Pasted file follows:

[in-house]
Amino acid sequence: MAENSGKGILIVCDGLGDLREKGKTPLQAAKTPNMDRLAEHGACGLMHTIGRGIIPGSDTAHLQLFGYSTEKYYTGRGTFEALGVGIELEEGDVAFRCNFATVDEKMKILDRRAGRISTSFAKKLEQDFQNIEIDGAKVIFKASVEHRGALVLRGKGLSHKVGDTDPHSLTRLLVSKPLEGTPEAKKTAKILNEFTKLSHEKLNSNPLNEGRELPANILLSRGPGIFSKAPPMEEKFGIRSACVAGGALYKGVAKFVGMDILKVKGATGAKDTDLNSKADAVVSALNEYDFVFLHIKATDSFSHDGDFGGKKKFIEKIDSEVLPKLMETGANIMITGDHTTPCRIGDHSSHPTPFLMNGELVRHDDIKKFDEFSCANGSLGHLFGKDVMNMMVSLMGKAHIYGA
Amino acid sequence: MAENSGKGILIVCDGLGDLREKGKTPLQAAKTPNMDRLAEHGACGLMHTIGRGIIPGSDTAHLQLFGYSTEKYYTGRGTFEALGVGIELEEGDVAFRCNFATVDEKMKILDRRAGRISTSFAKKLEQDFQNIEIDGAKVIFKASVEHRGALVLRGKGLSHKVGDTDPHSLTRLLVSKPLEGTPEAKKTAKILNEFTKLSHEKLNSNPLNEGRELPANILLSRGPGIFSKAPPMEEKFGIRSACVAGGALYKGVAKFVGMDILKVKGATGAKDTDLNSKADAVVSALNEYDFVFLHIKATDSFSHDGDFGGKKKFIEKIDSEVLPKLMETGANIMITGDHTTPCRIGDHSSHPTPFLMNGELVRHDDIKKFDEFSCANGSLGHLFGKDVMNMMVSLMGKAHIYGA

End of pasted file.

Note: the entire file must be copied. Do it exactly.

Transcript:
[in-house]
Amino acid sequence: MAENSGKGILIVCDGLGDLREKGKTPLQAAKTPNMDRLAEHGACGLMHTIGRGIIPGSDTAHLQLFGYSTEKYYTGRGTFEALGVGIELEEGDVAFRCNFATVDEKMKILDRRAGRISTSFAKKLEQDFQNIEIDGAKVIFKASVEHRGALVLRGKGLSHKVGDTDPHSLTRLLVSKPLEGTPEAKKTAKILNEFTKLSHEKLNSNPLNEGRELPANILLSRGPGIFSKAPPMEEKFGIRSACVAGGALYKGVAKFVGMDILKVKGATGAKDTDLNSKADAVVSALNEYDFVFLHIKATDSFSHDGDFGGKKKFIEKIDSEVLPKLMETGANIMITGDHTTPCRIGDHSSHPTPFLMNGELVRHDDIKKFDEFSCANGSLGHLFGKDVMNMMVSLMGKAHIYGA
Amino acid sequence: MAENSGKGILIVCDGLGDLREKGKTPLQAAKTPNMDRLAEHGACGLMHTIGRGIIPGSDTAHLQLFGYSTEKYYTGRGTFEALGVGIELEEGDVAFRCNFATVDEKMKILDRRAGRISTSFAKKLEQDFQNIEIDGAKVIFKASVEHRGALVLRGKGLSHKVGDTDPHSLTRLLVSKPLEGTPEAKKTAKILNEFTKLSHEKLNSNPLNEGRELPANILLSRGPGIFSKAPPMEEKFGIRSACVAGGALYKGVAKFVGMDILKVKGATGAKDTDLNSKADAVVSALNEYDFVFLHIKATDSFSHDGDFGGKKKFIEKIDSEVLPKLMETGANIMITGDHTTPCRIGDHSSHPTPFLMNGELVRHDDIKKFDEFSCANGSLGHLFGKDVMNMMVSLMGKAHIYGA